The Liposuction Procedure During Surgery

If you are considering having liposuction, you are probably wondering about the liposuction procedure. You know there are risks involved, but what exactly does the liposuction procedure actually constitute? Liposuction has been around for over thirty years, which means that doctors and surgeons have had thirty years to improve upon liposuction procedure. During the modern liposuction procedure, more fat cells can be removed more easily that ever before; there are less blood loss, less discomfort, and less risk involved. Liposuction is currently the most popular plastic surgery performed in the United States, which is not surprising considering that sixty-five percent of the United States is over weight.

Am I A Candidate?

You are a good candidate for the liposuction procedure if: you are over eighteen, you are in good health, your skin is of good elasticity, and you are of normal weight. Most doctors recommend liposuction for people who are of normal weight, but who want to tone up a few troubled areas. You are a bad candidate for liposuction if you are not a risk taker (there are many complications involved), cost is an issue (liposuction is not covered by medical insurance), you are overweight or obese and trying to lose weight, you have a disease or are on medication that affects wound healing, your skin elasticity is not adequate, you are diabetic, or you have a heart condition.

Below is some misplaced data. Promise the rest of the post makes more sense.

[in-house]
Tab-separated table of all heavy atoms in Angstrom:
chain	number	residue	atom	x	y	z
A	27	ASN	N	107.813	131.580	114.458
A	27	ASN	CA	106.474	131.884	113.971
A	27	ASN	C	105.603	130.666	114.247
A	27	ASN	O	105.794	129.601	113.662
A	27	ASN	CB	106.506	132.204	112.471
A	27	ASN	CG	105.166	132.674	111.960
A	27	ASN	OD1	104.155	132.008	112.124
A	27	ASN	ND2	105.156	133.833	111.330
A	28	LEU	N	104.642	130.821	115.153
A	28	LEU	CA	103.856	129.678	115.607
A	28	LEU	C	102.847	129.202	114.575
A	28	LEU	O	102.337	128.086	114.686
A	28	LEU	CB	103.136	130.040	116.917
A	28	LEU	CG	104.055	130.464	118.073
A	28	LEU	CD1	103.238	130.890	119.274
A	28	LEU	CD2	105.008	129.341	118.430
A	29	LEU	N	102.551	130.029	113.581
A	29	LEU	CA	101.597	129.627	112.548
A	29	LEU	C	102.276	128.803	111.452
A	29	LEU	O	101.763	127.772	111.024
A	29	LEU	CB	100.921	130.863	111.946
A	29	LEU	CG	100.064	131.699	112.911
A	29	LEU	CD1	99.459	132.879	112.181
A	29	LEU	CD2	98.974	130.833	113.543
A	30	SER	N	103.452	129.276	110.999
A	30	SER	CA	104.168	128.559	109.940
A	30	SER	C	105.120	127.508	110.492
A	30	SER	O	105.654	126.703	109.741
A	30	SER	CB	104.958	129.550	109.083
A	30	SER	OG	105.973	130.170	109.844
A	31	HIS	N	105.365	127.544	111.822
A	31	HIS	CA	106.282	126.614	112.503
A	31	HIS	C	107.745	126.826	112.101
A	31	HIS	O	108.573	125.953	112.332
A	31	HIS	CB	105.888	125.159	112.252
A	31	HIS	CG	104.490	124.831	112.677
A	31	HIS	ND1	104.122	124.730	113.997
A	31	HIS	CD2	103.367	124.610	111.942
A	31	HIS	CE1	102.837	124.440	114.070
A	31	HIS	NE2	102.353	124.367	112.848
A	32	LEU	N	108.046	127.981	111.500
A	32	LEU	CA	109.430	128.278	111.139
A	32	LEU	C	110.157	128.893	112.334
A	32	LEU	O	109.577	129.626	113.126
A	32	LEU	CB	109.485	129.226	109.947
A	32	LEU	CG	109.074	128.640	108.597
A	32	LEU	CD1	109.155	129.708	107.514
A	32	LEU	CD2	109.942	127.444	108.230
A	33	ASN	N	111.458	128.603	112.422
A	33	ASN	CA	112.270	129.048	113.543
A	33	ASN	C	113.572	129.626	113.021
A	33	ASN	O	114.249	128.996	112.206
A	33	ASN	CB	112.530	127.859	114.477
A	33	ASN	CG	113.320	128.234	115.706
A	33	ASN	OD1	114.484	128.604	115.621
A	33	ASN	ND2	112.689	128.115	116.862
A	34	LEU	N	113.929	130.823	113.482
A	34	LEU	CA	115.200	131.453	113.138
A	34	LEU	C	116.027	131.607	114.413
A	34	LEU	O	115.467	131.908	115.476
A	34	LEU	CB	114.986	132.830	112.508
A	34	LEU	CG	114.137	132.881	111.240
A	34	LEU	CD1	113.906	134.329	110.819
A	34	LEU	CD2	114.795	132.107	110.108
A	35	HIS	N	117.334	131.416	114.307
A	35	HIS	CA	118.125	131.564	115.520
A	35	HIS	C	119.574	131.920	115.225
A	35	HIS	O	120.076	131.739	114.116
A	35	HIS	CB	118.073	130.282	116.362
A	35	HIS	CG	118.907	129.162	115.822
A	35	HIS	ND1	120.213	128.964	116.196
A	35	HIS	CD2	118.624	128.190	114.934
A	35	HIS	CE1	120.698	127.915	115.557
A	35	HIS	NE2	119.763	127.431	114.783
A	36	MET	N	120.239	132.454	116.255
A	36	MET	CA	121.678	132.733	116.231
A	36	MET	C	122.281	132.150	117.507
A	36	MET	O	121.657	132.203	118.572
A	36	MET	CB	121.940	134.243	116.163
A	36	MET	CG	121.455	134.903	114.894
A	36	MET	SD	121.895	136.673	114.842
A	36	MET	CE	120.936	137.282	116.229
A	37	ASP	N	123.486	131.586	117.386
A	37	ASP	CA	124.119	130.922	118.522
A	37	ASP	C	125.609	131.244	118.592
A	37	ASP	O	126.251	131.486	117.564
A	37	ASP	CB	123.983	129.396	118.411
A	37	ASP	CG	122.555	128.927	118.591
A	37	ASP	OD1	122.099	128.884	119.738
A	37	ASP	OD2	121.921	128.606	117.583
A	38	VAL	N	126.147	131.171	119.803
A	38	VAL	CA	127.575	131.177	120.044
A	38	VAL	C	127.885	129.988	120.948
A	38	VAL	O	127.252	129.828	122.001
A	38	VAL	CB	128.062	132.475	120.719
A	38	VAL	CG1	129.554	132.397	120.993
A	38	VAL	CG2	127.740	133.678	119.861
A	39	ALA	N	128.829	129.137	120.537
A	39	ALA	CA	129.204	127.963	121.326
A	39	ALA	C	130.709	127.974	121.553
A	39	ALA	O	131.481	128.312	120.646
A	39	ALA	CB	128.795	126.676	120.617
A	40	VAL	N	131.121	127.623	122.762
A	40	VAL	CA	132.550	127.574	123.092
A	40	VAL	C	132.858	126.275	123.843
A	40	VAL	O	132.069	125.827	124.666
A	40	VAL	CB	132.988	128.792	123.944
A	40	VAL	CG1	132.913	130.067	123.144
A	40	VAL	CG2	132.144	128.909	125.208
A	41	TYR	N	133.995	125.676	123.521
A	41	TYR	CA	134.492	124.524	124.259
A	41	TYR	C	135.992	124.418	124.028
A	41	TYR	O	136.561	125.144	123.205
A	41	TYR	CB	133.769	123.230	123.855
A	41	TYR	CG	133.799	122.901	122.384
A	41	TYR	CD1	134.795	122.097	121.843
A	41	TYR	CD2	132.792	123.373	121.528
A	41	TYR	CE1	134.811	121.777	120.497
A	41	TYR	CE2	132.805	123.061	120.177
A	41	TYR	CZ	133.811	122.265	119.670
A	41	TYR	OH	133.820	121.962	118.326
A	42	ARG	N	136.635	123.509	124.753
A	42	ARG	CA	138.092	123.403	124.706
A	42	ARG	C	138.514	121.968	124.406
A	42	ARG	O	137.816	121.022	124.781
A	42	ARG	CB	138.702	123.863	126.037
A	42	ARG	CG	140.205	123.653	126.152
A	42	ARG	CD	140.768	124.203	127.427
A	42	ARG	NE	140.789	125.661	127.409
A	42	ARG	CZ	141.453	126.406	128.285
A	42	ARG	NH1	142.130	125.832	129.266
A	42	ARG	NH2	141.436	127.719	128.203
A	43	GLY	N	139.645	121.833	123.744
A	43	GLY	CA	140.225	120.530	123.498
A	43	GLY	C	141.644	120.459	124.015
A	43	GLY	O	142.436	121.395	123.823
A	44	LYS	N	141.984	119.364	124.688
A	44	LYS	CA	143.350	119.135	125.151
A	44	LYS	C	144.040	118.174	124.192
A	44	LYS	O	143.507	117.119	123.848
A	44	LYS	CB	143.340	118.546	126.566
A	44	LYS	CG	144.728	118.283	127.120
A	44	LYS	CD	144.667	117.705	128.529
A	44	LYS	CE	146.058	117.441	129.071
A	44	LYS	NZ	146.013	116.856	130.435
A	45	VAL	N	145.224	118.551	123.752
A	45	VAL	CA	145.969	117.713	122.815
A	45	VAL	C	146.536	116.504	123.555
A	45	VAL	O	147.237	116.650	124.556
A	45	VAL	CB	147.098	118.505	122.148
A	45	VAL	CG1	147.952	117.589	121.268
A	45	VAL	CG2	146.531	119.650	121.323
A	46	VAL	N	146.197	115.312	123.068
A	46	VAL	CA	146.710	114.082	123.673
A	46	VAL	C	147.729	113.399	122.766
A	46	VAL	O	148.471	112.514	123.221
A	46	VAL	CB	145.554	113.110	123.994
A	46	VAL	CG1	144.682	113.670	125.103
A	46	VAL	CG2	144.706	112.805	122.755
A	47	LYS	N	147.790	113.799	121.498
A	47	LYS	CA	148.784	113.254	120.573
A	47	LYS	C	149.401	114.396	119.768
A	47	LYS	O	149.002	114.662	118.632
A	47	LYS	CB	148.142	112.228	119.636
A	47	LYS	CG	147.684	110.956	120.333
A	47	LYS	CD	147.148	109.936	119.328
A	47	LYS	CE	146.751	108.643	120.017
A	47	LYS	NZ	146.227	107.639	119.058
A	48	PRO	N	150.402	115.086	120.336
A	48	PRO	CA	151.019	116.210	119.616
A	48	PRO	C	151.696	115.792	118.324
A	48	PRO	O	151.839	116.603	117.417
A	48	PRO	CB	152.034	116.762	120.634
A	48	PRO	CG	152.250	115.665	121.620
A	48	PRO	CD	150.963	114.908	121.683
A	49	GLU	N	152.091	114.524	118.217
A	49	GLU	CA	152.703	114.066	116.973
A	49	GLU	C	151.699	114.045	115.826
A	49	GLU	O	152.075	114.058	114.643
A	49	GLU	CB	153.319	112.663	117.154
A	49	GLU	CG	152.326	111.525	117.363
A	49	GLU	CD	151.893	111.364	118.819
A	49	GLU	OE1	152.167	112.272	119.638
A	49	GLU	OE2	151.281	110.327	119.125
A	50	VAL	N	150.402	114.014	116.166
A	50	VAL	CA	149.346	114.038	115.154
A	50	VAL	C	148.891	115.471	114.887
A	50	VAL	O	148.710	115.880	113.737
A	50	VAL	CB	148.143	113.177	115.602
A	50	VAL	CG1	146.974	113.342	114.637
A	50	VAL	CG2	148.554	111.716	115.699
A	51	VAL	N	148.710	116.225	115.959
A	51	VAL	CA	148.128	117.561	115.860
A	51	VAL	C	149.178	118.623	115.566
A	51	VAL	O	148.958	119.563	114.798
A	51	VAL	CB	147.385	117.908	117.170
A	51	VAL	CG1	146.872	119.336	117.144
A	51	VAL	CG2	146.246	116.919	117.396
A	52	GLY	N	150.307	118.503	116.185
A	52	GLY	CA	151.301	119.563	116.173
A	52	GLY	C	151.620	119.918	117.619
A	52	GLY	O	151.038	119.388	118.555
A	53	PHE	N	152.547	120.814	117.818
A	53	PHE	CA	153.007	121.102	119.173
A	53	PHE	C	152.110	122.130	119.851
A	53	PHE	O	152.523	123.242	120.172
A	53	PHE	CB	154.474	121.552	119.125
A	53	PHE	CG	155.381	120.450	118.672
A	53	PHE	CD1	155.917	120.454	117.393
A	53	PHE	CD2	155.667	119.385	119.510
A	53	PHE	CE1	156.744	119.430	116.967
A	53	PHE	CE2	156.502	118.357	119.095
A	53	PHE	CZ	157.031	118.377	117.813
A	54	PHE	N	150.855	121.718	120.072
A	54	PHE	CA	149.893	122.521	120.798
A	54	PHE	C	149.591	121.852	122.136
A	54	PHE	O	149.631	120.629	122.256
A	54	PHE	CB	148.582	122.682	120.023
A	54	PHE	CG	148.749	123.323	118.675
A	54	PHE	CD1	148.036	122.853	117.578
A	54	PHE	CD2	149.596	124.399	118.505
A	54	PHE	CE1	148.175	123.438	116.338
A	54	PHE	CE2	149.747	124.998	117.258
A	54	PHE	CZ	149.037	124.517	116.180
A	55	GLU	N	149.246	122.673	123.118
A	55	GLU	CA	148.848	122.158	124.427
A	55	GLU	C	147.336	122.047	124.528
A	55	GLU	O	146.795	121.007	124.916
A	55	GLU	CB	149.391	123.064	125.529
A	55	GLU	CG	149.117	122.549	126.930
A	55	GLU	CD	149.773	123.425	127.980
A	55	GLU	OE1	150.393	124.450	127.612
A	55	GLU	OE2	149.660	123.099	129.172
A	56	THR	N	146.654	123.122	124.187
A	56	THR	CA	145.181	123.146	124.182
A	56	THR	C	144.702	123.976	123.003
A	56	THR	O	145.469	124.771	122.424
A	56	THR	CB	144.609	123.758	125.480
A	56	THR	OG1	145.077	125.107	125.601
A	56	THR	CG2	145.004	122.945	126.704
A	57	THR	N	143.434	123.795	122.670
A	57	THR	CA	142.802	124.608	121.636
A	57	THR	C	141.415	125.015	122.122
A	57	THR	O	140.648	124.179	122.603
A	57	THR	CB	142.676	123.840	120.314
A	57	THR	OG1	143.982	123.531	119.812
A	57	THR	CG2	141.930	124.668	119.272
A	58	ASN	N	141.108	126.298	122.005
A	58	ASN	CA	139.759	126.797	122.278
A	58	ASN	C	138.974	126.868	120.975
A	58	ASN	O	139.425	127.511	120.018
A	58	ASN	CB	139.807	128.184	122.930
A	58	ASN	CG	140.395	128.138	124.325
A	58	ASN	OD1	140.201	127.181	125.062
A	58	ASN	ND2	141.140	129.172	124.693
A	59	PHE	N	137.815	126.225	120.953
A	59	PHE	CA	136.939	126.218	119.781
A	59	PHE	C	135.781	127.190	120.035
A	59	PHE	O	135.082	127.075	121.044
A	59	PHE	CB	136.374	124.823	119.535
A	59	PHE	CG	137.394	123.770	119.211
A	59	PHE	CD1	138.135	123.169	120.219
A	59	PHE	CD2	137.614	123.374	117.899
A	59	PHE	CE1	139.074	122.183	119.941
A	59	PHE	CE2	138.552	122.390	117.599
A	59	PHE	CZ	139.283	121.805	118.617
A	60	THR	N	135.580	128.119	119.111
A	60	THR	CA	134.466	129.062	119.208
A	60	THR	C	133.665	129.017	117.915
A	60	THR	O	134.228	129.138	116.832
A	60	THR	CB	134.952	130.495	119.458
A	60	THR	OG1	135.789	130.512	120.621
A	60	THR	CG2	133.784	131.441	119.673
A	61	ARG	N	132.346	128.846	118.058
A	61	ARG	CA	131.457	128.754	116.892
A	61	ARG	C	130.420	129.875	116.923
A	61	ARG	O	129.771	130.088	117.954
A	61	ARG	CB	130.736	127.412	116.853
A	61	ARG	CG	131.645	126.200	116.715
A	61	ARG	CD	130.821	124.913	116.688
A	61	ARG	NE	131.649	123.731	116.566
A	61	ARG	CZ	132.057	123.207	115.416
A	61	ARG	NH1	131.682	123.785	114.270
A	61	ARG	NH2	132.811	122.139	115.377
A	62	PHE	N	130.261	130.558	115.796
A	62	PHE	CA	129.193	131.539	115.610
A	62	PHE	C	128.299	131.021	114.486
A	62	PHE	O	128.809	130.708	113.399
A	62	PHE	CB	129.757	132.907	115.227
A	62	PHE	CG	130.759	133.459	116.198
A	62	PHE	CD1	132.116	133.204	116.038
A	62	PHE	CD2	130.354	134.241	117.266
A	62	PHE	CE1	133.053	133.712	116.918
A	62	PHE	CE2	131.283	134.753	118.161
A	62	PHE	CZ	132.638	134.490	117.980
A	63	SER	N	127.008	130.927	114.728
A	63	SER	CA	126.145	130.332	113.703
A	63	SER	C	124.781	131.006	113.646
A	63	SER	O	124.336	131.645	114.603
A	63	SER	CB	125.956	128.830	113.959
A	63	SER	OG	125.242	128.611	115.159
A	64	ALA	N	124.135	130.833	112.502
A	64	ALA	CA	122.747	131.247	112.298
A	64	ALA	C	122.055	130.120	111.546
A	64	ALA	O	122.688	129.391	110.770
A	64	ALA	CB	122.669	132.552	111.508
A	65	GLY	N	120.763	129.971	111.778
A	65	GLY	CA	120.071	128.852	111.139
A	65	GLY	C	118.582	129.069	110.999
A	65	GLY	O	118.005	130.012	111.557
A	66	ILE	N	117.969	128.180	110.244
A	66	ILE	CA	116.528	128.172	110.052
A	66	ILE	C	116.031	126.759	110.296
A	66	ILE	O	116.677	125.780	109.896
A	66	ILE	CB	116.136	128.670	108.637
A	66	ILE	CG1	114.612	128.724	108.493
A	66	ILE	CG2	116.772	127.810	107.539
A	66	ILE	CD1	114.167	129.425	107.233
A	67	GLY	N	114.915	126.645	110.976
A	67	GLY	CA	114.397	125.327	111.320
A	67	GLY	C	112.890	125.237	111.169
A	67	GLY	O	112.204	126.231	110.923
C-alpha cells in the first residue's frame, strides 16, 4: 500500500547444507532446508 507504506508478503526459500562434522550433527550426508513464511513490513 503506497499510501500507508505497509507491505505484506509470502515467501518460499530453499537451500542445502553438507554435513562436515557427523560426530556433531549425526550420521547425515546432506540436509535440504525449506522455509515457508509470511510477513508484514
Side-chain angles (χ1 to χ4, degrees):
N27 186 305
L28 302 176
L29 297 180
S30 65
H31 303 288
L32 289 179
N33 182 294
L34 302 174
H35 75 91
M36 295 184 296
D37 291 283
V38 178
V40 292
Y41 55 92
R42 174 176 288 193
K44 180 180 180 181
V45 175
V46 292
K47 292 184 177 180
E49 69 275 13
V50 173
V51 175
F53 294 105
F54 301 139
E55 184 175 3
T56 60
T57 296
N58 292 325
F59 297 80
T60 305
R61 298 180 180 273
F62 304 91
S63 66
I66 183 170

The Procedure Itself

During the liposuction procedure, there are several things that must occur. First, the patient and the surgeon need to concur prior to surgery which areas will be worked on and what the results will most likely look like. On the day of the surgery, a consent form needs to be signed. About an hour before or after the surgery, the doctor will most likely give the patient an antibiotic (some doctors donít do this) to avoid infection. The doctor needs to mark on the patientís body what the target areas are. Once in the operating room, a sterilizing solution will be applied to the area that is being operated on. A local anesthetic is injected into the patient, and the patient might be given a sedative. The doctor makes very small incisions during the surgery; they are only about a quarter to a third of an inch. The patient will feel a scraping or rasping sensation, but other than that the surgery will not be painful. Blood pressure, heart rate, and blood oxygen level will be monitored during the surgery. The patient is usually able to get up and walk around immediately after surgery.

Related Information and Products

Liposuction. Liposuction, also known as lipoplasty, suction assisted lipectomy, and body contouring surgery. Liposuction surgery sculpts your body, eliminating unwanted pockets of exercise and diet-resistant fat from the buttocks, hips, love handles, saddlebags, thighs, calves, ankles, breasts (including male breasts), back, arms and neck.
Liposuction Fat Reduction Body Contouring - Michael P ...
Liposuction: The surgical suctioning of fat deposits from specific parts of the body, the most common being the abdomen, buttocks, hips, thighs and knees, chin, upper arms, back, and calves.
Definition of Liposuction - MedicineNet
Liposuction is the single most popular plastic surgery procedure in America, and for good reason. It is extremely safe when performed by an experienced, board-certified plastic surgeon.